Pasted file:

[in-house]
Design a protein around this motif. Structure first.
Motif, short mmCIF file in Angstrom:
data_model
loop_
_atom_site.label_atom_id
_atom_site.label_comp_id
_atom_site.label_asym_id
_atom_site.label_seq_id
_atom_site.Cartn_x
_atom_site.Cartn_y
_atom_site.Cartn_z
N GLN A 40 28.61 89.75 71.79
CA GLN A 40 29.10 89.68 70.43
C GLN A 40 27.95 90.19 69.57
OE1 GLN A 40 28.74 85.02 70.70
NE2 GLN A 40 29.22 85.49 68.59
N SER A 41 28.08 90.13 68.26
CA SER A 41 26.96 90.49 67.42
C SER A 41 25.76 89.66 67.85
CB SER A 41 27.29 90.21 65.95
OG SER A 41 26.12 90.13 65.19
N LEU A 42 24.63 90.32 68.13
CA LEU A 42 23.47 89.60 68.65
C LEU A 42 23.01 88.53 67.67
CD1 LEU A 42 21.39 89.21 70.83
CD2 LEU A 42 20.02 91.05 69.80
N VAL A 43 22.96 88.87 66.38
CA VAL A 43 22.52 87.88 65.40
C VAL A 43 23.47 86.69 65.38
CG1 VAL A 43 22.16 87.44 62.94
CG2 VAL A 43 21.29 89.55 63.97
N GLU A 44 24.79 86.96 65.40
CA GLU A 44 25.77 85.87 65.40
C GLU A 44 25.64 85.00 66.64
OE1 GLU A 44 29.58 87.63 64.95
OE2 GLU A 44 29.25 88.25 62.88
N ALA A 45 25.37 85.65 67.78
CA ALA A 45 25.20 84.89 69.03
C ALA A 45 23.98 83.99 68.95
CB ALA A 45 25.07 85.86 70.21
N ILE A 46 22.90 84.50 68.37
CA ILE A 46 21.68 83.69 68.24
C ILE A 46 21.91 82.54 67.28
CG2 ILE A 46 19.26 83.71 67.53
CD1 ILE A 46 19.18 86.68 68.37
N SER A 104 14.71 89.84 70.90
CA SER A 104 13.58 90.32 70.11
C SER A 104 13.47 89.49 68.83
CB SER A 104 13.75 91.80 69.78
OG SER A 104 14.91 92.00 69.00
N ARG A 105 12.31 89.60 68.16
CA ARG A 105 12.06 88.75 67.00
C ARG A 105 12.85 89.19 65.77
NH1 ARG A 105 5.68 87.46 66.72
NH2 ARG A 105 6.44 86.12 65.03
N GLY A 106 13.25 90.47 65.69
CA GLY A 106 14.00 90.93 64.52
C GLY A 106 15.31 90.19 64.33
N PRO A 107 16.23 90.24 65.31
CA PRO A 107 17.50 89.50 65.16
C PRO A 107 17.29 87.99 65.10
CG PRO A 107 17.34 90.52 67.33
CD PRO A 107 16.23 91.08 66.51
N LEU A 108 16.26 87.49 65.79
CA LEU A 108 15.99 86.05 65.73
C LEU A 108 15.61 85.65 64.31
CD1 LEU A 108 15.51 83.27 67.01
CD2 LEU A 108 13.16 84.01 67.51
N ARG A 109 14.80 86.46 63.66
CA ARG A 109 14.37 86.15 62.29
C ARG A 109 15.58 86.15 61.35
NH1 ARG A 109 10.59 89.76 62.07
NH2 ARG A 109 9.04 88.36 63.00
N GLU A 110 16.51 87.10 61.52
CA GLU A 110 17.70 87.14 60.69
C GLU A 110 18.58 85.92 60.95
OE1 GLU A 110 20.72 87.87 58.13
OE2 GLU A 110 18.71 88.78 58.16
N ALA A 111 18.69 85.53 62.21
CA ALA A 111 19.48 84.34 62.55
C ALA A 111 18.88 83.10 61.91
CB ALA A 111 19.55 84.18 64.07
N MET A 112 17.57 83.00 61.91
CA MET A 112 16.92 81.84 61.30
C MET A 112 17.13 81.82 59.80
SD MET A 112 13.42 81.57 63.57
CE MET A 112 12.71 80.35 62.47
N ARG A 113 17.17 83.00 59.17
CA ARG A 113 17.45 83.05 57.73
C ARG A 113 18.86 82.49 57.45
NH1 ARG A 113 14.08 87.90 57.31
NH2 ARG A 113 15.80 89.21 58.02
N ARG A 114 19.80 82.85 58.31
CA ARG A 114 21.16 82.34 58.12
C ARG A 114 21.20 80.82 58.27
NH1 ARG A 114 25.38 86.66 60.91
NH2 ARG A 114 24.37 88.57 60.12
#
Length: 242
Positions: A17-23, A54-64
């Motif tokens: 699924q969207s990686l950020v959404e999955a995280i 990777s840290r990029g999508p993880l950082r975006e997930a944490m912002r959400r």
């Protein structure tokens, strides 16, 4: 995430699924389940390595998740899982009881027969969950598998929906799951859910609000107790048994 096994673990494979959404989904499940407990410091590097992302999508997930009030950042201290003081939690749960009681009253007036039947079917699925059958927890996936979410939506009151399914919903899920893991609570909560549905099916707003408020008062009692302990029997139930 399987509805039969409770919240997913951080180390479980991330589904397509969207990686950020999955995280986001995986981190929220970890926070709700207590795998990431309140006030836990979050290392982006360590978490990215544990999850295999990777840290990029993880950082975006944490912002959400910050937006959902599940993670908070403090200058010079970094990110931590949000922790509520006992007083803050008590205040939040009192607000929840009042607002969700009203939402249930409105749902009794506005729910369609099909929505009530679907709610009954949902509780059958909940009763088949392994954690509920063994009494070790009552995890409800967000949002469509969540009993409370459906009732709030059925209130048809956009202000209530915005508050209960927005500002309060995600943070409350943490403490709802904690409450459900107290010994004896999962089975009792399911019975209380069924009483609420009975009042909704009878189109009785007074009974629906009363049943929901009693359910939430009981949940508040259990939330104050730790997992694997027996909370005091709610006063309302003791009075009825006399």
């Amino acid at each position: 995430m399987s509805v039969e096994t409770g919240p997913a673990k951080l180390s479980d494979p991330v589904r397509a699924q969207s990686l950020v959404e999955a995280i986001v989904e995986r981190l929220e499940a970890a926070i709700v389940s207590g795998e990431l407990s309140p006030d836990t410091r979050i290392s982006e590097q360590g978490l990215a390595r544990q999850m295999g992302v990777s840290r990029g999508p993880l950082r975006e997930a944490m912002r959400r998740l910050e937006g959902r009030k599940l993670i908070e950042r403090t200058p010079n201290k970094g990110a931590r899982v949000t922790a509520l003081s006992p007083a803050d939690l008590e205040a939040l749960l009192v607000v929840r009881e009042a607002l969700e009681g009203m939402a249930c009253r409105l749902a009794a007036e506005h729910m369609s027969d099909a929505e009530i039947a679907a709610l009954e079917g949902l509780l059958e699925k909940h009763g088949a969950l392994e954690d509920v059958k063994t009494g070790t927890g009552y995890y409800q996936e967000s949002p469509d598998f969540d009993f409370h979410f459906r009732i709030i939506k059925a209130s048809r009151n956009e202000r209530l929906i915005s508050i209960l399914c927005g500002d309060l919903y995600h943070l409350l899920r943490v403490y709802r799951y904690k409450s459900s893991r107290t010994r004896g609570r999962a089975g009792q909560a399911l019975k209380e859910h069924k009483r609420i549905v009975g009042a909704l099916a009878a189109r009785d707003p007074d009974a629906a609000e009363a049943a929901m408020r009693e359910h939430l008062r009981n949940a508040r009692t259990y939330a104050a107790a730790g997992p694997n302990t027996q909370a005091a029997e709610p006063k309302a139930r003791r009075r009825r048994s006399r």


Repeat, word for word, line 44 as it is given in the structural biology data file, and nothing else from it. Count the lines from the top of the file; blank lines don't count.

C ILE A 46 21.91 82.54 67.28